Trade Gothic Bold Spells Out The Hidden Cost of War
And this is the second leg of our little balancing act we started Friday. As we’re barely a month away from the American elections, it was to be expected that politically charged subjects might pop up, even on a primarily type-oriented blog. We are ultimately part of the world. So we thought it would be a sound idea to post two entries with different world views one after the other, to prevent people from accusing us of any bias. (Hey, is there an echo in here? ;)
I was sent a link to The Hidden Cost of War, a worrying piece of motion graphics posted on GOOD. GOOD is a collaboration of individuals, businesses, and non-profit organizations pushing the world forward. Since 2006 they’ve been making a magazine, videos, and events for “people who give a damn”. The GOOD website is an ongoing exploration of what GOOD is and what it can be.
In 2003, Donald Rumsfeld estimated a war with Iraq would cost $60 billion. Five years later, the cost of Iraq war operations is more than 10 times that estimate. The information video The Hidden Cost of War examines what’s behind the ballooning figures. It draws on Joseph E. Stiglitz and Linda J. Bilme’s exhaustively researched book, The Three Trillion Dollar War: The True Cost of the Iraq Conflict; which breaks down the price tag, from current debts to the unseen costs the American people will pay for many years to come.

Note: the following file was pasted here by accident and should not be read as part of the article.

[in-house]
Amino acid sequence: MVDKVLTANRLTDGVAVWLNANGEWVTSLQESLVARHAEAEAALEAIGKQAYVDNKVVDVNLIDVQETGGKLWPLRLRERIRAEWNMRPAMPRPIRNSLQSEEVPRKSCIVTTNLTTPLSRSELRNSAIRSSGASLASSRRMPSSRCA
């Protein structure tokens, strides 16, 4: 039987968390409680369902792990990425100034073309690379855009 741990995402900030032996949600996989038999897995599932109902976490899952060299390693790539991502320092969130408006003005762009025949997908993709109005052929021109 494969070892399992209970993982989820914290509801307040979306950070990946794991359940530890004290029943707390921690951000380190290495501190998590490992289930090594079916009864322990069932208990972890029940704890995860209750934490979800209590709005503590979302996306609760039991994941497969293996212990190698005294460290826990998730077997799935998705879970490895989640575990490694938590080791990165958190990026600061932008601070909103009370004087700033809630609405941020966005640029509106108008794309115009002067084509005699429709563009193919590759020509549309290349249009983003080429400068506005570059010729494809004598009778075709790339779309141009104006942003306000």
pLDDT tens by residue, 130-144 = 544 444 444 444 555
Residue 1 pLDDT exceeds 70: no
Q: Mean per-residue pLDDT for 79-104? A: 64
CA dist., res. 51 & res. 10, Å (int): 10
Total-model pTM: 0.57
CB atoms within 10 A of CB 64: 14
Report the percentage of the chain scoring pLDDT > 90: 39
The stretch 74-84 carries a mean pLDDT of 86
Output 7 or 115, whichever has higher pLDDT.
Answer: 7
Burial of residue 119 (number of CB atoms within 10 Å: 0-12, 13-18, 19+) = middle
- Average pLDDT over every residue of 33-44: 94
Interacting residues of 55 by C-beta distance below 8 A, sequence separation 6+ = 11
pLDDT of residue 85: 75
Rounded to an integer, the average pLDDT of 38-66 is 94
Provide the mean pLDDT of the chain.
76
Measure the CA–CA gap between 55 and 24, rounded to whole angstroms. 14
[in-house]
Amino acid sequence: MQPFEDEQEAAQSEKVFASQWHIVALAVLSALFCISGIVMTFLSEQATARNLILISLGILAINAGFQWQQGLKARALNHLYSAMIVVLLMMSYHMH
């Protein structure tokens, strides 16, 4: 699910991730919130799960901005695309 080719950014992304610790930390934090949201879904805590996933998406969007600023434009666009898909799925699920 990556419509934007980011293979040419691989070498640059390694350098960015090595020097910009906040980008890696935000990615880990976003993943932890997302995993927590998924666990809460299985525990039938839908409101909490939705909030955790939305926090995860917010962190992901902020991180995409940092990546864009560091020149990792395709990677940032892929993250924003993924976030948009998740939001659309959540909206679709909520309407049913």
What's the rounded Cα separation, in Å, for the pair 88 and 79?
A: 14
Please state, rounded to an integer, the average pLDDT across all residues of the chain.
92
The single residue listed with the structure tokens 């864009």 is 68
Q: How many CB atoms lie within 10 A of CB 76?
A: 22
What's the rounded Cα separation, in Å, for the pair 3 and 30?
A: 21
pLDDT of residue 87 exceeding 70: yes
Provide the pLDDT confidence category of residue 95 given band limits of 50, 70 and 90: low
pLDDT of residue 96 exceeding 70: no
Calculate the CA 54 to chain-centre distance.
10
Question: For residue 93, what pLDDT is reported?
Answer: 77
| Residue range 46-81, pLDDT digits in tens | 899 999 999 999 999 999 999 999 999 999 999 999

This collaboration between GOOD and Athletics explains the complicated matter in a motion graphics piece of just under three minutes. Using highly stylized information graphics and animated typography in flat cyan, red, grey, and black, it is designed in the shift-rotate-and-zoom style that seems so popular these days. There is no whizzing or morphing 3D graphics in sight. Trade Gothic Bold is used throughout the whole video, except for some Trade Gothic Bold Condensed No. 20 in the beginning. It proves once more that this vintage straight-sided sans by Jackson Burke is a terrific design, a timeless classic that performs very well in varying contexts. The video is narrated by Andy Bouvé, and features “You Can Not Believe It”, by Copy – one of the most unsearchable band names on the ’net – of the record label and art collective Audio Dregs.
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